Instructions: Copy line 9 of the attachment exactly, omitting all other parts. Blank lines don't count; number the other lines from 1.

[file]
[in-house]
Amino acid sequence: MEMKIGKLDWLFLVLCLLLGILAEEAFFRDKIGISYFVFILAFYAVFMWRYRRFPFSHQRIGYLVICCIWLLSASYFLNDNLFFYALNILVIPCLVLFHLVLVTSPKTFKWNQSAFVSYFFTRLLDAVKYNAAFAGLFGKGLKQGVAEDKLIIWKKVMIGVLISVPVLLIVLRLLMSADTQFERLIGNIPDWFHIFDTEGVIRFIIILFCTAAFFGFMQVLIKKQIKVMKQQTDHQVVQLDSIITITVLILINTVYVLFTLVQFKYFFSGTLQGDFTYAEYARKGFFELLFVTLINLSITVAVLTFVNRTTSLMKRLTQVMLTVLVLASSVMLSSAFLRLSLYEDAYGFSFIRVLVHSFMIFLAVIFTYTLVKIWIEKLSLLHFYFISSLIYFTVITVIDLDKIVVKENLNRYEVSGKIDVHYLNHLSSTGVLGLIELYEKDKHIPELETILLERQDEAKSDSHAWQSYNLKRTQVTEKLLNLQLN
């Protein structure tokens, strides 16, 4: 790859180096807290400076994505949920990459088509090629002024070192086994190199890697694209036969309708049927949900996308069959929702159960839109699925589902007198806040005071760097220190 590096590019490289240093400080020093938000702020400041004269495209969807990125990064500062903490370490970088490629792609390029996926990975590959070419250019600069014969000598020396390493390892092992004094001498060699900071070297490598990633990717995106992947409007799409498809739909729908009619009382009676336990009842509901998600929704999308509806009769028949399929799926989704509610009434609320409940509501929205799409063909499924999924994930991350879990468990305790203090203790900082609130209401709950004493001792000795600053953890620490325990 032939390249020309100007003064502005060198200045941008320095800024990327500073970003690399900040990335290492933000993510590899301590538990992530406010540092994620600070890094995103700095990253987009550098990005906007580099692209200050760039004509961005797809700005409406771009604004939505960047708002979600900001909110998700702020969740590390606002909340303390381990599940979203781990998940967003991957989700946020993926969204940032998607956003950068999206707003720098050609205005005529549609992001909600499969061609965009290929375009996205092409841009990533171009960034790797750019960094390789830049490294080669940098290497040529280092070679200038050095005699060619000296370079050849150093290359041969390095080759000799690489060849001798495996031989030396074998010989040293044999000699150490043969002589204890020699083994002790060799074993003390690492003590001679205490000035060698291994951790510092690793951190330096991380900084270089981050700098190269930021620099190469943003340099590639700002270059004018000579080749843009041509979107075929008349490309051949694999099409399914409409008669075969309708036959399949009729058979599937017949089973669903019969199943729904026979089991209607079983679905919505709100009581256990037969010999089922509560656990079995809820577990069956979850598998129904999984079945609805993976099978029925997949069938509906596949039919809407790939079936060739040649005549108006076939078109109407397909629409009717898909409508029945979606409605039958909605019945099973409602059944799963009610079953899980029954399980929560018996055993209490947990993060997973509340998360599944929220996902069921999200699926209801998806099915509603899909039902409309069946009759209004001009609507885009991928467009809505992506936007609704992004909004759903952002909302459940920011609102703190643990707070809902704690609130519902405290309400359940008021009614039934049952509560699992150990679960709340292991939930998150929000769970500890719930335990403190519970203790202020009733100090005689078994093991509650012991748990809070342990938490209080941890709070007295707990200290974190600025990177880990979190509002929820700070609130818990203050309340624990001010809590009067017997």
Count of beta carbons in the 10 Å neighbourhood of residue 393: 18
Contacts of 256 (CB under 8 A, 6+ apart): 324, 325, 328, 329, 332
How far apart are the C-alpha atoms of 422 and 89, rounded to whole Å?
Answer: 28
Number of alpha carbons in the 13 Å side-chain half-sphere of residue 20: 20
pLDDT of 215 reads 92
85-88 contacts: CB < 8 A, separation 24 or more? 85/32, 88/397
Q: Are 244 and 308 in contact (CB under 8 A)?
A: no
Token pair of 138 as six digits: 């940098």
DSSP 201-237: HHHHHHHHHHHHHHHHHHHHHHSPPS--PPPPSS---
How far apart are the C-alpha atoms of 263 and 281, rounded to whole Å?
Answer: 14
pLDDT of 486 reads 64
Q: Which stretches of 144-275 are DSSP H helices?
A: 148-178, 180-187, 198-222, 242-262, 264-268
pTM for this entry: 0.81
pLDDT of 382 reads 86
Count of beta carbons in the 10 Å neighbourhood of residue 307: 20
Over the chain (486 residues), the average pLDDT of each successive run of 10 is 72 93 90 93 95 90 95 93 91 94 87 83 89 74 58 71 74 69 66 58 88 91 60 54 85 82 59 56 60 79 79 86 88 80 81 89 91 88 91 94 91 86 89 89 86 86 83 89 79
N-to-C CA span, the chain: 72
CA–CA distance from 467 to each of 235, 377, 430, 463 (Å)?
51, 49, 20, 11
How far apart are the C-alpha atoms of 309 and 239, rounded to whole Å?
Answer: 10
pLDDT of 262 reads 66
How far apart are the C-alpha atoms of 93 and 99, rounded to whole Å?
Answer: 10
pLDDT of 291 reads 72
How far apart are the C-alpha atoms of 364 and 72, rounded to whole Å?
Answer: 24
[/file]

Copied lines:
pLDDT of 215 reads 92